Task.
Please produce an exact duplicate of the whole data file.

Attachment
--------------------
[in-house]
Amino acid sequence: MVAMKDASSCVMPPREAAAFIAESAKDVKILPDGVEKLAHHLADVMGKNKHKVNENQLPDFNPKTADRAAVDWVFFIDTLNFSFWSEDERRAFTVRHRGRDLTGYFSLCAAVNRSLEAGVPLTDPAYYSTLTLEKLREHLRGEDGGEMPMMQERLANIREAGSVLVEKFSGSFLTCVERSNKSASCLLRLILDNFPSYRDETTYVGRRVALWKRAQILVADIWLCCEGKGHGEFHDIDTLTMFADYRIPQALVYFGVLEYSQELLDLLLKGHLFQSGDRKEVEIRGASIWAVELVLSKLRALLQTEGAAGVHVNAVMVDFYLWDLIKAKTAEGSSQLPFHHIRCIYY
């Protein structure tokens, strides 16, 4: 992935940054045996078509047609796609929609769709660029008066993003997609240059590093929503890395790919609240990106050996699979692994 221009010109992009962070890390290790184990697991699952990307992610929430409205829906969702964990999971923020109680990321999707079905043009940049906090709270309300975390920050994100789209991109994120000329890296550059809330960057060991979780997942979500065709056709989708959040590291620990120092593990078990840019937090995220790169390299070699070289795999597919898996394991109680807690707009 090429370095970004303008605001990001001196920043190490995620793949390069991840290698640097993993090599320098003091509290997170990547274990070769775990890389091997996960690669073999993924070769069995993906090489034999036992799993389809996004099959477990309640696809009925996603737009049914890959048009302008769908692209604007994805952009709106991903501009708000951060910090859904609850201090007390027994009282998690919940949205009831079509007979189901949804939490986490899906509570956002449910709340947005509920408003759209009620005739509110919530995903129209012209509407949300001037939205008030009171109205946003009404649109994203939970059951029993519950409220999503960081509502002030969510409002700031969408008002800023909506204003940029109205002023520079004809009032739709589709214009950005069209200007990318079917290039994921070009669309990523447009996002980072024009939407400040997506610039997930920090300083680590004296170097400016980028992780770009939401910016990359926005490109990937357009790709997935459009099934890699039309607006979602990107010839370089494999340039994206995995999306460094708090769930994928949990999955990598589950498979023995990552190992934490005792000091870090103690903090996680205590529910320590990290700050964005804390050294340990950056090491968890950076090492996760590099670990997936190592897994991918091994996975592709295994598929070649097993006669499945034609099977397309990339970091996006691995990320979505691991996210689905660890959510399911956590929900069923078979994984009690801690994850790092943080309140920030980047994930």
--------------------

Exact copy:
[in-house]
Amino acid sequence: MVAMKDASSCVMPPREAAAFIAESAKDVKILPDGVEKLAHHLADVMGKNKHKVNENQLPDFNPKTADRAAVDWVFFIDTLNFSFWSEDERRAFTVRHRGRDLTGYFSLCAAVNRSLEAGVPLTDPAYYSTLTLEKLREHLRGEDGGEMPMMQERLANIREAGSVLVEKFSGSFLTCVERSNKSASCLLRLILDNFPSYRDETTYVGRRVALWKRAQILVADIWLCCEGKGHGEFHDIDTLTMFADYRIPQALVYFGVLEYSQELLDLLLKGHLFQSGDRKEVEIRGASIWAVELVLSKLRALLQTEGAAGVHVNAVMVDFYLWDLIKAKTAEGSSQLPFHHIRCIYY
């Protein structure tokens, strides 16, 4: 992935940054045996078509047609796609929609769709660029008066993003997609240059590093929503890395790919609240990106050996699979692994 221009010109992009962070890390290790184990697991699952990307992610929430409205829906969702964990999971923020109680990321999707079905043009940049906090709270309300975390920050994100789209991109994120000329890296550059809330960057060991979780997942979500065709056709989708959040590291620990120092593990078990840019937090995220790169390299070699070289795999597919898996394991109680807690707009 090429370095970004303008605001990001001196920043190490995620793949390069991840290698640097993993090599320098003091509290997170990547274990070769775990890389091997996960690669073999993924070769069995993906090489034999036992799993389809996004099959477990309640696809009925996603737009049914890959048009302008769908692209604007994805952009709106991903501009708000951060910090859904609850201090007390027994009282998690919940949205009831079509007979189901949804939490986490899906509570956002449910709340947005509920408003759209009620005739509110919530995903129209012209509407949300001037939205008030009171109205946003009404649109994203939970059951029993519950409220999503960081509502002030969510409002700031969408008002800023909506204003940029109205002023520079004809009032739709589709214009950005069209200007990318079917290039994921070009669309990523447009996002980072024009939407400040997506610039997930920090300083680590004296170097400016980028992780770009939401910016990359926005490109990937357009790709997935459009099934890699039309607006979602990107010839370089494999340039994206995995999306460094708090769930994928949990999955990598589950498979023995990552190992934490005792000091870090103690903090996680205590529910320590990290700050964005804390050294340990950056090491968890950076090492996760590099670990997936190592897994991918091994996975592709295994598929070649097993006669499945034609099977397309990339970091996006691995990320979505691991996210689905660890959510399911956590929900069923078979994984009690801690994850790092943080309140920030980047994930």